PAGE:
The Ministry of social Affairs and health of Finland published the details of preparing the country’s experiment on payment of the basic income of 560 euros a month, reports TASS.

Until 9 September, the Agency will gather feedback from other interested government agencies and organizations, including associations of the unemployed, NGOs and trade unions, after which it will submit to Parliament a bill.

In experiment 2 thousand Finnish unemployed people, selected on a random basis, will receive per month for 560 euros is not taxed.
To pay a guaranteed income is the state social insurance Office (Kela)

It is expected that this approach will help to reduce the number of unemployed, as many Finns unprofitable to work on a casual low-paid jobs, as in this case, they are deprived of social benefits.

Previously the experiment was approved by the Prime Minister of Finland, Juha Sipilä. If the project will have a positive impact on the labour market of the country, its conditions are intended to apply to all citizens.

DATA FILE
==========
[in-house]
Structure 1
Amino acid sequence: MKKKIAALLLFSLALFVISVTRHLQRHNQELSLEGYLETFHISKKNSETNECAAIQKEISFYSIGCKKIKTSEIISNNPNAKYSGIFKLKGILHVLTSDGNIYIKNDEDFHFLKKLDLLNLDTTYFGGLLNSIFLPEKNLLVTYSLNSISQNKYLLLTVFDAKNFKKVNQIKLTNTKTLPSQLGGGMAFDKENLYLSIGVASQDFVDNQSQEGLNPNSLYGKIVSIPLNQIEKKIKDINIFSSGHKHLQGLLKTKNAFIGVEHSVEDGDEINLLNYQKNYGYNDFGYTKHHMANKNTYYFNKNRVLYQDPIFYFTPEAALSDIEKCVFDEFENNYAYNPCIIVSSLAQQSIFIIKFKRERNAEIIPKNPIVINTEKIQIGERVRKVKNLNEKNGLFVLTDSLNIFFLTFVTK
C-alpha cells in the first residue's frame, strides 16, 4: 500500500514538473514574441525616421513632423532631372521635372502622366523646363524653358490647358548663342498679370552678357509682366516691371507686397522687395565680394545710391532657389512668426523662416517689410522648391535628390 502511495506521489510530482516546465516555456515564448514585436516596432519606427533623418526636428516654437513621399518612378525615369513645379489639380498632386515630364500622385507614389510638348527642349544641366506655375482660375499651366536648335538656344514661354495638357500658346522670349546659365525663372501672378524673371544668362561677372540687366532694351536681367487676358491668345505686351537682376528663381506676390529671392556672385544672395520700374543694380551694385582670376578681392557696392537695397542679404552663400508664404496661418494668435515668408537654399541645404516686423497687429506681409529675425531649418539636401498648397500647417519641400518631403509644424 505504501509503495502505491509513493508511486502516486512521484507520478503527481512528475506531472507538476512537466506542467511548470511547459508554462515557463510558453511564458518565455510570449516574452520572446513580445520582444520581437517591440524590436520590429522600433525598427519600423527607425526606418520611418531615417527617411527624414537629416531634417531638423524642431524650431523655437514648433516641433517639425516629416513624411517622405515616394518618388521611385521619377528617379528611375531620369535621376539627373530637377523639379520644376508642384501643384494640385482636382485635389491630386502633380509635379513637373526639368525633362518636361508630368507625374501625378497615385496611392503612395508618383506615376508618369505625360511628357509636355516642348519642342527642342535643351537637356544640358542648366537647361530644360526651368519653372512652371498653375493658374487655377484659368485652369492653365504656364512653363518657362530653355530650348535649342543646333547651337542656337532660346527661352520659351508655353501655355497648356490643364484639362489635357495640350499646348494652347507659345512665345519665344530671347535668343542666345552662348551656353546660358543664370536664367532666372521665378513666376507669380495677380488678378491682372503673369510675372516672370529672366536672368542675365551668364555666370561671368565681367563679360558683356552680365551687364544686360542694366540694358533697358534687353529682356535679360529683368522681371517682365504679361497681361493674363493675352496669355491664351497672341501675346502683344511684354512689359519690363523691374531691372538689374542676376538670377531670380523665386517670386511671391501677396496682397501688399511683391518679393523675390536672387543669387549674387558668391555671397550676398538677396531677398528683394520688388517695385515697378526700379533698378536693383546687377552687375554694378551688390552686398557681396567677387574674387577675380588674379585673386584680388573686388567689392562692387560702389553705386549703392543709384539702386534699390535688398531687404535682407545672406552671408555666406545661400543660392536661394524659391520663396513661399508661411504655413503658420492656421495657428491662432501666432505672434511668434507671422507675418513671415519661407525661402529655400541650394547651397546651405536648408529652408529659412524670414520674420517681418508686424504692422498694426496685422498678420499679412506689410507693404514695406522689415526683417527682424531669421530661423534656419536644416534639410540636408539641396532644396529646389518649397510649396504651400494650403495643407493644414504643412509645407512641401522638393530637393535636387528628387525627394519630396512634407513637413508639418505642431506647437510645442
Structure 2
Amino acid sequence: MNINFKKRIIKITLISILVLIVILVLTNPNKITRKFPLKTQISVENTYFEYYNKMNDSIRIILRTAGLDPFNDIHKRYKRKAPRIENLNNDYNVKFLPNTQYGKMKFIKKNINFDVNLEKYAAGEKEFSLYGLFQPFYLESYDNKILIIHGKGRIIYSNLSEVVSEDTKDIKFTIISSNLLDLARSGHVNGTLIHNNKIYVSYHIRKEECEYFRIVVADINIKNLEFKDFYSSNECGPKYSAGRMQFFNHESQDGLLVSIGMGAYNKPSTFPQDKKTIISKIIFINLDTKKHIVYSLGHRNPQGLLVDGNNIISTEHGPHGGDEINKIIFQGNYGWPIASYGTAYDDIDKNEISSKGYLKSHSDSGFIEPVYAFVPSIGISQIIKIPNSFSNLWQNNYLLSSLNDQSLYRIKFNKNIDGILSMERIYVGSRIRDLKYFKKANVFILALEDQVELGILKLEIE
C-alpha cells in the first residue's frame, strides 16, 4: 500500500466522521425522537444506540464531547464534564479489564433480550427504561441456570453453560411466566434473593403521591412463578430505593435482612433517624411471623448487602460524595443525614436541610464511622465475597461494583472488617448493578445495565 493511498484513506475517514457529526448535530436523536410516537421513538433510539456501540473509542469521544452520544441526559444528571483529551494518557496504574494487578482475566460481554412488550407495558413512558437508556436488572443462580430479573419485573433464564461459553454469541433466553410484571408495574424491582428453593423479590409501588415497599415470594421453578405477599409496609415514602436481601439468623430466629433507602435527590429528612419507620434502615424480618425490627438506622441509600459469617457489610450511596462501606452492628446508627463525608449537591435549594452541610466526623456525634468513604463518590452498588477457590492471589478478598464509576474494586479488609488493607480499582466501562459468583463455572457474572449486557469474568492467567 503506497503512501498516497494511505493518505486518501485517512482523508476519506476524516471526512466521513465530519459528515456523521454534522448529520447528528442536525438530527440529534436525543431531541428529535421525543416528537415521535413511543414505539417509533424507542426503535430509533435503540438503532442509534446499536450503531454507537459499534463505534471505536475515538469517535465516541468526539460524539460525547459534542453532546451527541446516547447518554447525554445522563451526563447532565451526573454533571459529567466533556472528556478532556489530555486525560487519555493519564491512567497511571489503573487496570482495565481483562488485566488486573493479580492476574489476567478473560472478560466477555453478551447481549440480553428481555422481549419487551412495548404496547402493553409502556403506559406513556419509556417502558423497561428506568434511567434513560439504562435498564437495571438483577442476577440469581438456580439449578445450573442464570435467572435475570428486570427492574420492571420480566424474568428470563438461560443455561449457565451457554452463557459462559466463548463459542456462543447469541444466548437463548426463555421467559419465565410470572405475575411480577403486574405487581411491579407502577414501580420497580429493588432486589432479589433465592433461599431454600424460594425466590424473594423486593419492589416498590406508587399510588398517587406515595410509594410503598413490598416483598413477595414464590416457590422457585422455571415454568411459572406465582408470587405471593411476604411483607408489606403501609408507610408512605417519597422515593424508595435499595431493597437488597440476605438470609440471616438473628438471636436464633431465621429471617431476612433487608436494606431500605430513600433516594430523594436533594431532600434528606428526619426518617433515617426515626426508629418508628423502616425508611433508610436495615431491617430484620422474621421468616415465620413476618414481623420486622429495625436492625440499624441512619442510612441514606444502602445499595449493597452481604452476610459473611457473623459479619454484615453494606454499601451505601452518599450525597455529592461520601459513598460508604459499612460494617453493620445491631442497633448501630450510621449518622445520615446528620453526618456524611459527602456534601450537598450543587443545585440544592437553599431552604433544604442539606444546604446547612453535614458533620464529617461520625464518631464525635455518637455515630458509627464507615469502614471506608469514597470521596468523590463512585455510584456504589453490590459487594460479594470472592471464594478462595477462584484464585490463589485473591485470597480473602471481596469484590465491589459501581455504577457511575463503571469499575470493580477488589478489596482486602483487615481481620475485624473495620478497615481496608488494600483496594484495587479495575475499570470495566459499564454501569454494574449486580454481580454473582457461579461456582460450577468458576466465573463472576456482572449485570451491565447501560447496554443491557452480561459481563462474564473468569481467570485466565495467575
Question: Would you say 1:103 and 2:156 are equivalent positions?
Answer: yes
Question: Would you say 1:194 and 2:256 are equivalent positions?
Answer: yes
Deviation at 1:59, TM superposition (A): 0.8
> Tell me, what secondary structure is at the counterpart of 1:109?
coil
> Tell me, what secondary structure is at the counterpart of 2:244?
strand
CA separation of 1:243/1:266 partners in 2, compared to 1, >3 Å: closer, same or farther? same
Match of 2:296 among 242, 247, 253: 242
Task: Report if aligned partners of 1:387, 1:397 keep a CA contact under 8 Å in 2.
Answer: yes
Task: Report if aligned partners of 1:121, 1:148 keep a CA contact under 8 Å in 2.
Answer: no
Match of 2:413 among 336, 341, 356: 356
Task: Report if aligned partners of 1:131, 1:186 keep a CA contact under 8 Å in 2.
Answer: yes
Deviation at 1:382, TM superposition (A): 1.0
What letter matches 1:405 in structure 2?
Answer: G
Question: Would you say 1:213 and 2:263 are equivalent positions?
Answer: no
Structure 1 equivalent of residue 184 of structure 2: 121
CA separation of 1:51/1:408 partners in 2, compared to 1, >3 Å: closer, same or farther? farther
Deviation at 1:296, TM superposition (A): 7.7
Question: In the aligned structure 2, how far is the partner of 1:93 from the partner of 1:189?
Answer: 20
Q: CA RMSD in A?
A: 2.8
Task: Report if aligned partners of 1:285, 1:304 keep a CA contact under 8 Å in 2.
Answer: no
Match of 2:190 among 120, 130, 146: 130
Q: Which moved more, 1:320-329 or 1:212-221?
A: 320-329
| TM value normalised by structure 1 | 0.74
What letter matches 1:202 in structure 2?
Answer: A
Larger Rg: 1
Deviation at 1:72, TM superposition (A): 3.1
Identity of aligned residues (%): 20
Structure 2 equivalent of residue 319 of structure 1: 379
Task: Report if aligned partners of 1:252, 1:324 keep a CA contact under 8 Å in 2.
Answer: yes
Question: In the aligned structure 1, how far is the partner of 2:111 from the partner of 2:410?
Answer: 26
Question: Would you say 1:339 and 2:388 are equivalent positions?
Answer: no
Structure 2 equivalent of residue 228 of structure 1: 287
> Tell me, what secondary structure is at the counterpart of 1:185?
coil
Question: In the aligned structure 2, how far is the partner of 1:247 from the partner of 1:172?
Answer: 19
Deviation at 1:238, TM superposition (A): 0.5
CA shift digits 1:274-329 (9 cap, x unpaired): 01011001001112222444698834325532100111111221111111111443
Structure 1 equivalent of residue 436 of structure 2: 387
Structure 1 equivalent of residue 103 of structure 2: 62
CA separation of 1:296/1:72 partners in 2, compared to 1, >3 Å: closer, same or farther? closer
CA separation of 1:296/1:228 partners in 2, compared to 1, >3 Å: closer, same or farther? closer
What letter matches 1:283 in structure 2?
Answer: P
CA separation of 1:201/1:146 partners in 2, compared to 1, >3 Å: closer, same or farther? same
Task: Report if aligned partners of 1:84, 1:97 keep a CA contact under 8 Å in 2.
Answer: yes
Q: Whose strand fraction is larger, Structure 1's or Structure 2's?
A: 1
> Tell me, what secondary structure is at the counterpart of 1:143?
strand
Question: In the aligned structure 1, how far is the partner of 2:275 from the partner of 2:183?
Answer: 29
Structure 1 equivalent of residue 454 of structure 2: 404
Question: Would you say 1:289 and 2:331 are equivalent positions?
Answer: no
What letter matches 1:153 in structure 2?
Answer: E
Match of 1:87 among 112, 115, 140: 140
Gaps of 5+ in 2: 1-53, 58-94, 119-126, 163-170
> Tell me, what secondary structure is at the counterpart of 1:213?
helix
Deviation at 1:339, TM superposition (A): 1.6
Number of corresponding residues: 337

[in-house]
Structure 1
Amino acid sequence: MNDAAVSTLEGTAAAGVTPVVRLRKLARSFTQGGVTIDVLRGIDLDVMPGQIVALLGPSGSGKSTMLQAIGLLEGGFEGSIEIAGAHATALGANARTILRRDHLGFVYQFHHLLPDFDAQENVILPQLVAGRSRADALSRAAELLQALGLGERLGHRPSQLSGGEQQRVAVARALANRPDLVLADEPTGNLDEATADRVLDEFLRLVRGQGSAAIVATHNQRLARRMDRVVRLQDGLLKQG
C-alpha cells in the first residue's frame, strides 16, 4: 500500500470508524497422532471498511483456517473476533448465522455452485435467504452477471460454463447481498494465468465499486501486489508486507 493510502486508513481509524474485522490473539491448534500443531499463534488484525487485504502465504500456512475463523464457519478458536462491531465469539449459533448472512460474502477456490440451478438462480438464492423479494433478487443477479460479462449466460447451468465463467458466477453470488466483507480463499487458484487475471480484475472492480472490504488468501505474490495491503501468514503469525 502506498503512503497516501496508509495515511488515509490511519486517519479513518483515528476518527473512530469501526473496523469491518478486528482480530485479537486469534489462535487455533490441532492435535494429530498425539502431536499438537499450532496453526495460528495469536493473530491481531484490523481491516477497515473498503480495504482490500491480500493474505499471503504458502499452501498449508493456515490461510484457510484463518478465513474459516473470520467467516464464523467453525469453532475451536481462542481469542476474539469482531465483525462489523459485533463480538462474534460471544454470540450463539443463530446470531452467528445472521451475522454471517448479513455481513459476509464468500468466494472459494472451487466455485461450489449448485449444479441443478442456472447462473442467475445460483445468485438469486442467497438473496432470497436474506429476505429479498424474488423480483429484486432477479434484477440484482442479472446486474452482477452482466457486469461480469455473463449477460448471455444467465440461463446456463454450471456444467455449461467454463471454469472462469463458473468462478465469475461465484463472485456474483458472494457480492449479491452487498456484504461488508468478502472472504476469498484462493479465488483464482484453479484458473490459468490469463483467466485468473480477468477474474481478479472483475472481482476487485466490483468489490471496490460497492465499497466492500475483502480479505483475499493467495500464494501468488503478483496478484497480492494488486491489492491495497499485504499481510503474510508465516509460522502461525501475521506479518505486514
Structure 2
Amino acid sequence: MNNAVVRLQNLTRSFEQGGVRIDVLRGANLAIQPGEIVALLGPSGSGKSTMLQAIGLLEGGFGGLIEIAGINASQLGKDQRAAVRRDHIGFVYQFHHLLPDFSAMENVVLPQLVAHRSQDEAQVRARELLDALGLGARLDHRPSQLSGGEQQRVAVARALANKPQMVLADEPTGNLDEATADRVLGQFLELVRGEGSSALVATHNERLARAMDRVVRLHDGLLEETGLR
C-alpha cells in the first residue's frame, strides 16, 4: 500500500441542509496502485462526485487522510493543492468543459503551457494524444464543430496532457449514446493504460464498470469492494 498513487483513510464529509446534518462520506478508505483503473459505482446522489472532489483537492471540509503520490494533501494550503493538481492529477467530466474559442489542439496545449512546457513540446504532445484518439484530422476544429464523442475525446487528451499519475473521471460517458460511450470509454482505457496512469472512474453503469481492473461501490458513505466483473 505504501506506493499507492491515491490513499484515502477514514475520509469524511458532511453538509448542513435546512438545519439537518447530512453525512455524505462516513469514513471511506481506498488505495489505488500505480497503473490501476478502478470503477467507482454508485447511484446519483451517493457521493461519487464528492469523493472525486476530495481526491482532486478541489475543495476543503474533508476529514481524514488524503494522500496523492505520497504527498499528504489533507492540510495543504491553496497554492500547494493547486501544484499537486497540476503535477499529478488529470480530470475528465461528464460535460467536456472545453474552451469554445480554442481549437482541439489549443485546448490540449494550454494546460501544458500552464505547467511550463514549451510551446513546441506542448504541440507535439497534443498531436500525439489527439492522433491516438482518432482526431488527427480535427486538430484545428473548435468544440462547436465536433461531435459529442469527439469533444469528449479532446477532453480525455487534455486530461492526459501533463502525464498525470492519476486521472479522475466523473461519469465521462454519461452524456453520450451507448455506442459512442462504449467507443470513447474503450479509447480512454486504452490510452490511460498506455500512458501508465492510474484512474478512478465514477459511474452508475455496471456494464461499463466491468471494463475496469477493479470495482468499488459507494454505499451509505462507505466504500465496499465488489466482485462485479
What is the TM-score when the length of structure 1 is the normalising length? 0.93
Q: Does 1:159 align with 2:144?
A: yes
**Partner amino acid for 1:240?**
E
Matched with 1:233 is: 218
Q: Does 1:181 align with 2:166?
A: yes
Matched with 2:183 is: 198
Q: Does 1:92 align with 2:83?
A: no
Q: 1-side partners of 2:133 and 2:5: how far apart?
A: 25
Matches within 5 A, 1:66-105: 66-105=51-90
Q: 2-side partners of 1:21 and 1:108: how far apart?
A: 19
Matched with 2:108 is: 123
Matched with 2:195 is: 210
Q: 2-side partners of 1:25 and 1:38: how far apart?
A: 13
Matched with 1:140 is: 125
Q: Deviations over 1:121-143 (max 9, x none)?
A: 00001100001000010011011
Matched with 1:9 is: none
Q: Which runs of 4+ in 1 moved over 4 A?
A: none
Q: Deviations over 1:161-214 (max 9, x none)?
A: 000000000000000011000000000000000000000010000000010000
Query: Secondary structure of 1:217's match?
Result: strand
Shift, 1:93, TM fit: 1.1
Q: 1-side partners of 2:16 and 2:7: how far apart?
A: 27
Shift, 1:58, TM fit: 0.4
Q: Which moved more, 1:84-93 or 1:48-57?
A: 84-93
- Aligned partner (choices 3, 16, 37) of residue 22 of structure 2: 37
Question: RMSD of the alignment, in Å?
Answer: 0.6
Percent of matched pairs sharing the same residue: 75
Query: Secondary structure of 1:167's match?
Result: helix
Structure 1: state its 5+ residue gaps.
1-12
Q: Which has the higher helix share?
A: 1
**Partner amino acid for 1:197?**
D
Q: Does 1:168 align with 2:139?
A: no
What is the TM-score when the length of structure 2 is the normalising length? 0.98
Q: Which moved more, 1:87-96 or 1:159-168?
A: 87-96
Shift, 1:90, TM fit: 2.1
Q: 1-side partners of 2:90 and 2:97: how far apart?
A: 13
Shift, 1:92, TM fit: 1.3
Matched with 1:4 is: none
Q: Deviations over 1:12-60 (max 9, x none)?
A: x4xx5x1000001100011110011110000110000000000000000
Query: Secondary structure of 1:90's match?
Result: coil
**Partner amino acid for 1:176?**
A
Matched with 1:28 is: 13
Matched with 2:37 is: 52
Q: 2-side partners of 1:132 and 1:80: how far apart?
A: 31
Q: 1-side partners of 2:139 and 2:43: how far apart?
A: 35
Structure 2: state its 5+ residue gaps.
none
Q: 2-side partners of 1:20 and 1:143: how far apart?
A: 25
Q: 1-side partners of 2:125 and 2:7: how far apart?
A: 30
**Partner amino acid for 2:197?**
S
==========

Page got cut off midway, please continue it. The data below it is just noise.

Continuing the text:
Initially, we note that the pilot program of guaranteed income in Finland wanted to choose 8 thousand Finns belonging to low-income segments of the population, we divide this group into subgroups and give them different amounts with the aim of testing assumptions about whether a higher income to deprive people of the motivation to job search.

According to Yle, the average income of the richest 10% of citizens of Finland exceeds 4900 euros, and an income of 10% of the “poor” is around 2100 euros. The average wage in Finland at the end of 2014 amounted to 3,300 euros.

About 30% of the income of Finnish citizens pay the government: income tax, payments to pension and social funds. When this until 2009, in Finland the rate of tax payments amounted to an average of 37.5%, in 2009 the rate was lowered to 29.3%.

Recall the concept of the unconditional (base) of income comes from the fact that all adult citizens receive the same basic amount instead of social benefits, regardless of employment and economic situation. Partial introduction of this model implies that in addition to, if necessary, may be paid social security benefits.

The idea is not new – in the XVI century philosopher and politician Thomas more has proposed something similar in his philosophical treatise “Utopia”. Among modern economists advocate a guaranteed income as a replacement of social benefits is Milton Friedman, the Creator of the theory of market capitalism.

In early June of this year, the Swiss citizens in a referendum voted against the introduction of payments of the guaranteed income of 2.5 million francs (nearly 2.6 thousand dollars) per month.

In Finland begins the experiment by paying citizens a guaranteed income 01.09.2016

Share this news

Share to Google Plus
Share to LiveJournal